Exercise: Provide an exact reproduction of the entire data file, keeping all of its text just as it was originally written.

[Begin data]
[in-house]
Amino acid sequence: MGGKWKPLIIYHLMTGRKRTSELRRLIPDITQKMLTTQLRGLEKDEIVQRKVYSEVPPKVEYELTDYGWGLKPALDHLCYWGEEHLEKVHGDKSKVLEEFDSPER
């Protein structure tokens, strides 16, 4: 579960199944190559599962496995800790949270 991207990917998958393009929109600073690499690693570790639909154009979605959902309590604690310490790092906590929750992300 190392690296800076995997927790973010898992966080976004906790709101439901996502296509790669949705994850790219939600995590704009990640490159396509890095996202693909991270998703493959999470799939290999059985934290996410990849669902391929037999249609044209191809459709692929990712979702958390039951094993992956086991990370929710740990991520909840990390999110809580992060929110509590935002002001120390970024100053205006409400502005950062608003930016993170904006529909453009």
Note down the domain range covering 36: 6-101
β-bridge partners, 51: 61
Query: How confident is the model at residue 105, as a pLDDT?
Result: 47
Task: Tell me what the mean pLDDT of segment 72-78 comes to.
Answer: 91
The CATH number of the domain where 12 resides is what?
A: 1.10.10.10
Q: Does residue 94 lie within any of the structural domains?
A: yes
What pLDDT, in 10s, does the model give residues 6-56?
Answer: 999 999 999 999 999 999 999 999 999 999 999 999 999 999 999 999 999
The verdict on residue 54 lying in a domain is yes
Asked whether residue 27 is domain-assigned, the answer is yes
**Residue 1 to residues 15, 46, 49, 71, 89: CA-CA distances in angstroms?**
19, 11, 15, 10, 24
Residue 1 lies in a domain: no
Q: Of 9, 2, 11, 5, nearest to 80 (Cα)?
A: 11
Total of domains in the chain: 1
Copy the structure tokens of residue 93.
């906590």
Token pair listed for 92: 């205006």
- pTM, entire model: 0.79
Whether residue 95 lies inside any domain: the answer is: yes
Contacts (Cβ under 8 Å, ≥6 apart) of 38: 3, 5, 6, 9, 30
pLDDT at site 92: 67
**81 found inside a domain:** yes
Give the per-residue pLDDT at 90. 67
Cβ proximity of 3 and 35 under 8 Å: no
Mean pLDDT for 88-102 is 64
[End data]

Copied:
[in-house]
Amino acid sequence: MGGKWKPLIIYHLMTGRKRTSELRRLIPDITQKMLTTQLRGLEKDEIVQRKVYSEVPPKVEYELTDYGWGLKPALDHLCYWGEEHLEKVHGDKSKVLEEFDSPER
């Protein structure tokens, strides 16, 4: 579960199944190559599962496995800790949270 991207990917998958393009929109600073690499690693570790639909154009979605959902309590604690310490790092906590929750992300 190392690296800076995997927790973010898992966080976004906790709101439901996502296509790669949705994850790219939600995590704009990640490159396509890095996202693909991270998703493959999470799939290999059985934290996410990849669902391929037999249609044209191809459709692929990712979702958390039951094993992956086991990370929710740990991520909840990390999110809580992060929110509590935002002001120390970024100053205006409400502005950062608003930016993170904006529909453009």
Note down the domain range covering 36: 6-101
β-bridge partners, 51: 61
Query: How confident is the model at residue 105, as a pLDDT?
Result: 47
Task: Tell me what the mean pLDDT of segment 72-78 comes to.
Answer: 91
The CATH number of the domain where 12 resides is what?
A: 1.10.10.10
Q: Does residue 94 lie within any of the structural domains?
A: yes
What pLDDT, in 10s, does the model give residues 6-56?
Answer: 999 999 999 999 999 999 999 999 999 999 999 999 999 999 999 999 999
The verdict on residue 54 lying in a domain is yes
Asked whether residue 27 is domain-assigned, the answer is yes
**Residue 1 to residues 15, 46, 49, 71, 89: CA-CA distances in angstroms?**
19, 11, 15, 10, 24
Residue 1 lies in a domain: no
Q: Of 9, 2, 11, 5, nearest to 80 (Cα)?
A: 11
Total of domains in the chain: 1
Copy the structure tokens of residue 93.
């906590």
Token pair listed for 92: 């205006």
- pTM, entire model: 0.79
Whether residue 95 lies inside any domain: the answer is: yes
Contacts (Cβ under 8 Å, ≥6 apart) of 38: 3, 5, 6, 9, 30
pLDDT at site 92: 67
**81 found inside a domain:** yes
Give the per-residue pLDDT at 90. 67
Cβ proximity of 3 and 35 under 8 Å: no
Mean pLDDT for 88-102 is 64